John West-Burnham

Educational Leadership Development

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After almost 60 years of almost unrestricted growth it does appear that the size, role and status of the public sector is set to diminish for the foreseeable future. In education this change is manifested in the reforms brought in by the coalition since 2010 – notable the decline in the role of local government, the dismantling of the infrastructure of agencies and regulatory bodies and the increase in the autonomy of schools through the academy movement. Thus a relationship which might have been characterised a generation ago as one of dependency and control has now become one of autonomy and, to some extent, market forces.

Every time we go out shopping and choose supermarket A over supermarket B we reinforce the power of the market economy. In choosing our cars (indeed being in the position of being able to choose) we consolidate the importance of choice as the basis for living in a modern democracy. There is the mythology that choice raises standards – try flying with low-cost airlines on certain routes on a Friday evening. There is clearly a need to ensure that authentic choice is available for all. The market only works if all have equal access and the same amount to spend.

These changes might point to a need to rethink many aspects of the prevailing norms of educational policy. There seems little doubt that for some there is evidence of the emergence of what might be seen as a corporate approach while others are moving towards greater engagement with their communities – for example the cooperative academies. However given the social challenges and the issues of sustainability a different approach might be needed:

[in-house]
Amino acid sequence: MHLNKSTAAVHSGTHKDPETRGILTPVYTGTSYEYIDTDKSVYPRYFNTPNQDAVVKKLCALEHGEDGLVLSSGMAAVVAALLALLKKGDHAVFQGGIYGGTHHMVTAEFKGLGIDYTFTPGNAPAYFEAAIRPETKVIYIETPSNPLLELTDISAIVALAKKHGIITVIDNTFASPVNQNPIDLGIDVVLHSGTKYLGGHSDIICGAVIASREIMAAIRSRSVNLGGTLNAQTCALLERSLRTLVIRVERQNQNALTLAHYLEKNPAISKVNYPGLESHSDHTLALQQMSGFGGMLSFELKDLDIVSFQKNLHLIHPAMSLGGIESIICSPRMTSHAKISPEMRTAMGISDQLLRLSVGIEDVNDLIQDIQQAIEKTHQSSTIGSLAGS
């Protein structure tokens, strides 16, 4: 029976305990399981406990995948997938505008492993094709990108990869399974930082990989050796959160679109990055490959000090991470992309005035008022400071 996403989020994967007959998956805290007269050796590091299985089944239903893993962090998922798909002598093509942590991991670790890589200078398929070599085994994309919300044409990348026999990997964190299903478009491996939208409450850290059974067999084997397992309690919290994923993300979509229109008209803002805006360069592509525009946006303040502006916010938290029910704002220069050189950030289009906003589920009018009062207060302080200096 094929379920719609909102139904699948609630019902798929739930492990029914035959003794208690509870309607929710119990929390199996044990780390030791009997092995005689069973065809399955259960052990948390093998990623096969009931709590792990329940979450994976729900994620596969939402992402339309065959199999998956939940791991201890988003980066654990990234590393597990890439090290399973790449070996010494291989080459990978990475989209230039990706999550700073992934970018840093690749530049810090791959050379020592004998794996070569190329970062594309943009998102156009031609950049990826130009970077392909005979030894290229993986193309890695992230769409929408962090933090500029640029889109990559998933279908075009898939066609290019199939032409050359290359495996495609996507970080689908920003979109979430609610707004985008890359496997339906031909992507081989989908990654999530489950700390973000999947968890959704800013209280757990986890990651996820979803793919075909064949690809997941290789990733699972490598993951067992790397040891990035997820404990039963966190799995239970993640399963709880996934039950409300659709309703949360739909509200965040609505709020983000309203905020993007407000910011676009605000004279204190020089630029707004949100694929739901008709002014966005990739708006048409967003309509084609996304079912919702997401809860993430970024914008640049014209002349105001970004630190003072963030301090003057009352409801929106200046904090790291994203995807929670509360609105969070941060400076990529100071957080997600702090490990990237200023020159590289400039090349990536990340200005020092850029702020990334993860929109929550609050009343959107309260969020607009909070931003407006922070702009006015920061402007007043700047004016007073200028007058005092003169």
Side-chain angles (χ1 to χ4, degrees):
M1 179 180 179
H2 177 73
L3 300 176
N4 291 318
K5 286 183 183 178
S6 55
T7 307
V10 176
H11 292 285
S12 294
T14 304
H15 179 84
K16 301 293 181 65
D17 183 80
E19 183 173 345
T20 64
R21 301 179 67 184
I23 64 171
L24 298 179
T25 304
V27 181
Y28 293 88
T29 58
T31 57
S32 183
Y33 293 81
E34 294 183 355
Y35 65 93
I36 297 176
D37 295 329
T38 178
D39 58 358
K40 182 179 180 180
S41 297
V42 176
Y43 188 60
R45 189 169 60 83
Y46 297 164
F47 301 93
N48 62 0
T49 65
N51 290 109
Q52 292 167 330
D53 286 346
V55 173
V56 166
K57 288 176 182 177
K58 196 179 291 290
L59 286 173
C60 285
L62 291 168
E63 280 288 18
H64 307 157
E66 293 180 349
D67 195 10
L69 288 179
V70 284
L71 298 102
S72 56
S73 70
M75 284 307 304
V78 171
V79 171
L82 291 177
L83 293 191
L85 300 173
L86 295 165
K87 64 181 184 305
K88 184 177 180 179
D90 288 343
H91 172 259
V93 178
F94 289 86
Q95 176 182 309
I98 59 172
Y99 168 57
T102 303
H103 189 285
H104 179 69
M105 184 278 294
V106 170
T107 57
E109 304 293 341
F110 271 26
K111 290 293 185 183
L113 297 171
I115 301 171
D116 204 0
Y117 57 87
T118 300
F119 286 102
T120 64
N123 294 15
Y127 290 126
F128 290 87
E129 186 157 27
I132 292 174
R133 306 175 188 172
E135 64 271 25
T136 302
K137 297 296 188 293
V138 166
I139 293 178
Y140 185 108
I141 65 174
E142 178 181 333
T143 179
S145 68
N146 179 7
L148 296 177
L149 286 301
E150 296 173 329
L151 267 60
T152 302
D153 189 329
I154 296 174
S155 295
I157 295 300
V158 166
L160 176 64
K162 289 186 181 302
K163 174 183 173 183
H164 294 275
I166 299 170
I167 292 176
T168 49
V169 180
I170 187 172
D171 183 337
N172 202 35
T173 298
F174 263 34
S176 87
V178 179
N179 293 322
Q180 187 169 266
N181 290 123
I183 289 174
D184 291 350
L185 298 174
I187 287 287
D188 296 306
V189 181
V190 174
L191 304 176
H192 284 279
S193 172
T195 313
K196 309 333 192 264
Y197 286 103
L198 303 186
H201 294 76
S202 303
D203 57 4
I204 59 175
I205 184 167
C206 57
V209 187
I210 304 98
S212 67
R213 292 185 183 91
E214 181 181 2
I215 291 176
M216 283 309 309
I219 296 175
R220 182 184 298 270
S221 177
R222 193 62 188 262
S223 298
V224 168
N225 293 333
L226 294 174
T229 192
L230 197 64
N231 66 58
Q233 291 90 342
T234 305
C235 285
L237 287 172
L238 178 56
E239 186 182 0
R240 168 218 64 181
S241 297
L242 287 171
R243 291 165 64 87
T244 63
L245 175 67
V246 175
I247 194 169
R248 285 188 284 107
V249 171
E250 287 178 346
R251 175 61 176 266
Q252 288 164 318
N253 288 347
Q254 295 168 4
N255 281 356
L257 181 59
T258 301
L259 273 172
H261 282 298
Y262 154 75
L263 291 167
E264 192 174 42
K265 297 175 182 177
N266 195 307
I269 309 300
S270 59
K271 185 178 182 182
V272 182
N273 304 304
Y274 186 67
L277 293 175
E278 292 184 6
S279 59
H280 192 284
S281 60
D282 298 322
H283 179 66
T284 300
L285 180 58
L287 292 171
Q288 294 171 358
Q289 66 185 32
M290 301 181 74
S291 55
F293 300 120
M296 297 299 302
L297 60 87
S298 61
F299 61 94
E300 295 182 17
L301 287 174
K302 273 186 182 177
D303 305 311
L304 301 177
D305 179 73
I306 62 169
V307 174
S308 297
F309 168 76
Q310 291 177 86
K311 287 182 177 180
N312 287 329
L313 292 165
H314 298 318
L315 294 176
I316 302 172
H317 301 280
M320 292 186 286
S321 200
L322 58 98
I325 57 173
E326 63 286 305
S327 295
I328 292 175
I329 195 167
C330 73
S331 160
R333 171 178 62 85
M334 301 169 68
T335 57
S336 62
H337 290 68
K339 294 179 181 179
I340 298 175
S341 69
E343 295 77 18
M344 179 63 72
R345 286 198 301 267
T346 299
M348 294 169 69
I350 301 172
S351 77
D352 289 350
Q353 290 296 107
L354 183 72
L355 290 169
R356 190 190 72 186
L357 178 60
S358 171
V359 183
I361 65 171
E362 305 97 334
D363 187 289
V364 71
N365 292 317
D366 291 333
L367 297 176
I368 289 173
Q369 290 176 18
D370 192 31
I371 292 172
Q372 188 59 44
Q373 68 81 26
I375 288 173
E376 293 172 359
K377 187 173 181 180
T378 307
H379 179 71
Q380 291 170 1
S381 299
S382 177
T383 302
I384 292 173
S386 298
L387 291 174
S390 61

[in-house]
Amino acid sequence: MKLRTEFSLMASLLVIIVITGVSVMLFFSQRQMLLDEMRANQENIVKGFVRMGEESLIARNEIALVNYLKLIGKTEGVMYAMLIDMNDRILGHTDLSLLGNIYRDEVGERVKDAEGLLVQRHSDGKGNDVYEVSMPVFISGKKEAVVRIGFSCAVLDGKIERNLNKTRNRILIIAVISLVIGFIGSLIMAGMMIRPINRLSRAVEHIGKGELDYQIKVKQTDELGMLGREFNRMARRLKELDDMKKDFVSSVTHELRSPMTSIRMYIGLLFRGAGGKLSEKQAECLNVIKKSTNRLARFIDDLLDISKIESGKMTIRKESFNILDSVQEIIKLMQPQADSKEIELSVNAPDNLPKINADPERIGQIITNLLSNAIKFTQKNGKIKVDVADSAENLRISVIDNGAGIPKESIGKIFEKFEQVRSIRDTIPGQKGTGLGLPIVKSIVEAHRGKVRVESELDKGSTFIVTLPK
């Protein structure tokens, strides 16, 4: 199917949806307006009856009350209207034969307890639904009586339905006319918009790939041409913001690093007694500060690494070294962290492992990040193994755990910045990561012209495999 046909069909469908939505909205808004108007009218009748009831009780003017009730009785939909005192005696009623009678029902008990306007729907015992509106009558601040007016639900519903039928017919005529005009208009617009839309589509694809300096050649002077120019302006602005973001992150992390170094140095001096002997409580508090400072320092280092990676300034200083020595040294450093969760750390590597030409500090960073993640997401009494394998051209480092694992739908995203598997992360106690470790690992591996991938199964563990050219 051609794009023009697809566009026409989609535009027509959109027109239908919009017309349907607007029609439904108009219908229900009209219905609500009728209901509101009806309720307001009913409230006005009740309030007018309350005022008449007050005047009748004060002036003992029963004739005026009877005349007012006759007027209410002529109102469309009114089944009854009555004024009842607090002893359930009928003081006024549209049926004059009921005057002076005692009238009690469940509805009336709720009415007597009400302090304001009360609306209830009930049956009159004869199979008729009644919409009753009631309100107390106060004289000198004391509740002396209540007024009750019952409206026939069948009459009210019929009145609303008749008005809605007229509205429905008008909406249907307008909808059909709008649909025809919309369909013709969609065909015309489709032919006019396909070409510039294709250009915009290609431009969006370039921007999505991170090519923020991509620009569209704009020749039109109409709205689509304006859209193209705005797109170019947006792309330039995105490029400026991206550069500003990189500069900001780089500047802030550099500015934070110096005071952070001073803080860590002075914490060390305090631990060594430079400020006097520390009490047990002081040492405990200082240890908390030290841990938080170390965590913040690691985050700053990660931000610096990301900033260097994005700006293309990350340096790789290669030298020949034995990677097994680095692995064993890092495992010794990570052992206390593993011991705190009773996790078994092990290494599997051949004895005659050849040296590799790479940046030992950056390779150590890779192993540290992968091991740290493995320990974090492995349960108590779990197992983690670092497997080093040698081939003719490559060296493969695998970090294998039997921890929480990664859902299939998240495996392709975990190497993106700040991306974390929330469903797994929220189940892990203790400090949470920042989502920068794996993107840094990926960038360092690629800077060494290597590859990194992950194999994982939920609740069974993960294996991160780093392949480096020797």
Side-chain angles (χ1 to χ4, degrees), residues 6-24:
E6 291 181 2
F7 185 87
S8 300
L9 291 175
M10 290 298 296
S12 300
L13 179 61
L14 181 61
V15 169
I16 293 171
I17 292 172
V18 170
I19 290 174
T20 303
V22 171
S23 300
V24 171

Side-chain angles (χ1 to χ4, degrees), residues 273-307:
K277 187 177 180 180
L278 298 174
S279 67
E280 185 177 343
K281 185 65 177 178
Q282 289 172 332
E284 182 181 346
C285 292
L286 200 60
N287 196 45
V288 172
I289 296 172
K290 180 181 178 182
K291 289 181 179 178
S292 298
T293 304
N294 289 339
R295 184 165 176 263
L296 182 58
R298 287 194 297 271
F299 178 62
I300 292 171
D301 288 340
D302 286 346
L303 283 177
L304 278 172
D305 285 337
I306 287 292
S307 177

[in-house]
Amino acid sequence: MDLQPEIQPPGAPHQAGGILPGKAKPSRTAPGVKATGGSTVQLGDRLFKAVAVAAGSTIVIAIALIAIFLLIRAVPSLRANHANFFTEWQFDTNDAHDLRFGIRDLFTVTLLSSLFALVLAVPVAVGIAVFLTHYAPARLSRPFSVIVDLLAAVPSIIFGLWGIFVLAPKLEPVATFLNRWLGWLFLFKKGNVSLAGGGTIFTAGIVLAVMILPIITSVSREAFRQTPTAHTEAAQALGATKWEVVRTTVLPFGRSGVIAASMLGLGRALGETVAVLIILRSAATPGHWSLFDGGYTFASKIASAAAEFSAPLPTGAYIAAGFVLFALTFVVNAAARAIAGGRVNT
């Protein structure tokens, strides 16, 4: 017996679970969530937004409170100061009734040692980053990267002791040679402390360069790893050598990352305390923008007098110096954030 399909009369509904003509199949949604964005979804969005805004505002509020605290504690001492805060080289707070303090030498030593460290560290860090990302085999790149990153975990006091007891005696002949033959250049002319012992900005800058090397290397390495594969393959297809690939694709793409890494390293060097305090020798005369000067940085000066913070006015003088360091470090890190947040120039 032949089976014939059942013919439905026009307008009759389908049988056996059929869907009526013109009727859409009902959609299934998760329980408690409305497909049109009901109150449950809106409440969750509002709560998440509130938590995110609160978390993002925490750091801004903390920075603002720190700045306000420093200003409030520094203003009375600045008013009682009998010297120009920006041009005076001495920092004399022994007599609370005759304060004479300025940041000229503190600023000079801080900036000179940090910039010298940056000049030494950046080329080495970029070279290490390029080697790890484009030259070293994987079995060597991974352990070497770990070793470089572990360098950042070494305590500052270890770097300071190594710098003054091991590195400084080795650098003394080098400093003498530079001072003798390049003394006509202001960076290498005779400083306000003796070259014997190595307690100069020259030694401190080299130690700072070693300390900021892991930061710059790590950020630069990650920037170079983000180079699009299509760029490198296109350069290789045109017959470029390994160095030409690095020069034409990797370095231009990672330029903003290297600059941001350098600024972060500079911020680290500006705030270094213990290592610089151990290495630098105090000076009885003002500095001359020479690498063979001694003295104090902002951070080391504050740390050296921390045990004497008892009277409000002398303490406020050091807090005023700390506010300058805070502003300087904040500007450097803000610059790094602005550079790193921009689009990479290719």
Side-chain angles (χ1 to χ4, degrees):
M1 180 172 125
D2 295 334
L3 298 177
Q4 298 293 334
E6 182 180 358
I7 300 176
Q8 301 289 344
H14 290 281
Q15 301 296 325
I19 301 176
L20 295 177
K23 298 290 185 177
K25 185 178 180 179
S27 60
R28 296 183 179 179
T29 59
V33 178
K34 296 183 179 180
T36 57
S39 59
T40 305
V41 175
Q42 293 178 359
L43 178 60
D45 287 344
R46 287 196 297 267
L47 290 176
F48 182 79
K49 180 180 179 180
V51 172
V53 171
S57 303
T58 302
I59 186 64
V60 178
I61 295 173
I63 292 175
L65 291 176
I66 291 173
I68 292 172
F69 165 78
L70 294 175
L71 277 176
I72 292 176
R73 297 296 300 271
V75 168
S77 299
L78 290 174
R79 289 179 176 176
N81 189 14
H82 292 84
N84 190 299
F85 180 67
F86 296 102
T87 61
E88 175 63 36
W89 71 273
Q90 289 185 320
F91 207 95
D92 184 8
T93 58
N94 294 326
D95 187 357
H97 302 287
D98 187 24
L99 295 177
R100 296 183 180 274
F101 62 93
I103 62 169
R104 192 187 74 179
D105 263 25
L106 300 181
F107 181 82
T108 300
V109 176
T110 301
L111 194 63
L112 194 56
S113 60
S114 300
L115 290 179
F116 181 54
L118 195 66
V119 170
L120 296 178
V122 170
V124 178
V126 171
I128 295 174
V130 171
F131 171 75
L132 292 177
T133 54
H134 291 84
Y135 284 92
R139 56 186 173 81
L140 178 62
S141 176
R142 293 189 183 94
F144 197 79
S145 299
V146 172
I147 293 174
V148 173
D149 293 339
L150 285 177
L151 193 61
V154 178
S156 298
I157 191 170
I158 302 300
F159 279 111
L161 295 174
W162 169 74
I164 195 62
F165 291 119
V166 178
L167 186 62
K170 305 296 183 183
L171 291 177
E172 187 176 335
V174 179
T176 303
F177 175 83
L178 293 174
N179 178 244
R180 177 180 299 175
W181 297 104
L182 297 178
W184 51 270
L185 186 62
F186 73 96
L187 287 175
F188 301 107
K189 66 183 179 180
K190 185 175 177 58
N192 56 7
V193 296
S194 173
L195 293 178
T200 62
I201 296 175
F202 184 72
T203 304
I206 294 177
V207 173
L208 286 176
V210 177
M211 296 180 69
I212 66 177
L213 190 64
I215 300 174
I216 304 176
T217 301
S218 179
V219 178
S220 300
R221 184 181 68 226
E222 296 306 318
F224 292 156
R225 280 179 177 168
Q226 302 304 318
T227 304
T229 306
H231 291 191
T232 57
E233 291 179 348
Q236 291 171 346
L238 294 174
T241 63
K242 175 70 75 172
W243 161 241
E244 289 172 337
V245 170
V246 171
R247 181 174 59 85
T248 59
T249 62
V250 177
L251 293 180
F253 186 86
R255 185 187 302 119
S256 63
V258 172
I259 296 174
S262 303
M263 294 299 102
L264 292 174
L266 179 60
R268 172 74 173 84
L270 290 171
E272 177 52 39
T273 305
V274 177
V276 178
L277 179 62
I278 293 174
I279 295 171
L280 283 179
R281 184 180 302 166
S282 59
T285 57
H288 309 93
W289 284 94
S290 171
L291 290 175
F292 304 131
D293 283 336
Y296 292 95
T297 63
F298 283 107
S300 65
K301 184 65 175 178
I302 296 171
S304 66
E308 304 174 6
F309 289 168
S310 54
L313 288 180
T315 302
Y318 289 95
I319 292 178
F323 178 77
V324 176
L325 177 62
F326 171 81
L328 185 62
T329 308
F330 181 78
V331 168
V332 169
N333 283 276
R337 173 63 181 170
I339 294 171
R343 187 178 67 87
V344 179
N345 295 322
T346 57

Social entrepreneurs worth their salt do not follow conventional ways of working. Their view of the world begins with people, passion, experience and story - not policy, statistics and theory. (Mawson 2008: 2)

 

For many in education the public sector has been their primary experience of how things happen in society – largely driven by government policy and funding with some engagement with commerce and charities. Shifts in government attitudes towards the role of the public sector mean that the traditional perspective will have to change – not necessarily into a commercial mode of operating or purely charitable but rather a new mode of working that combines elements of all three traditional approaches – usually described as social entrepreneurship. Social entrepreneurship focuses on social and moral capital as well as economic capital.:

 

Perhaps the most compelling and distinctive feature of social entrepreneurship is that it is responsive to real local need rather than imposing generic solutions or assuming that agencies know better than their clients. It is the focus on solution-based strategies and relevant projects that gives social entrepreneurship its potential impact and ability to build capacity and sustainability. This is not to diminish the social and economic significance of the other three areas – all have a place in a modern complex society that has to serve and meet an astonishingly varied range of demands. What is clear is that the types of provision may have to change, as will the provider, and the ratios of different types of activity and providers will inevitably change as the role of government is gradually lessened in terms of historical provision in the public sector.

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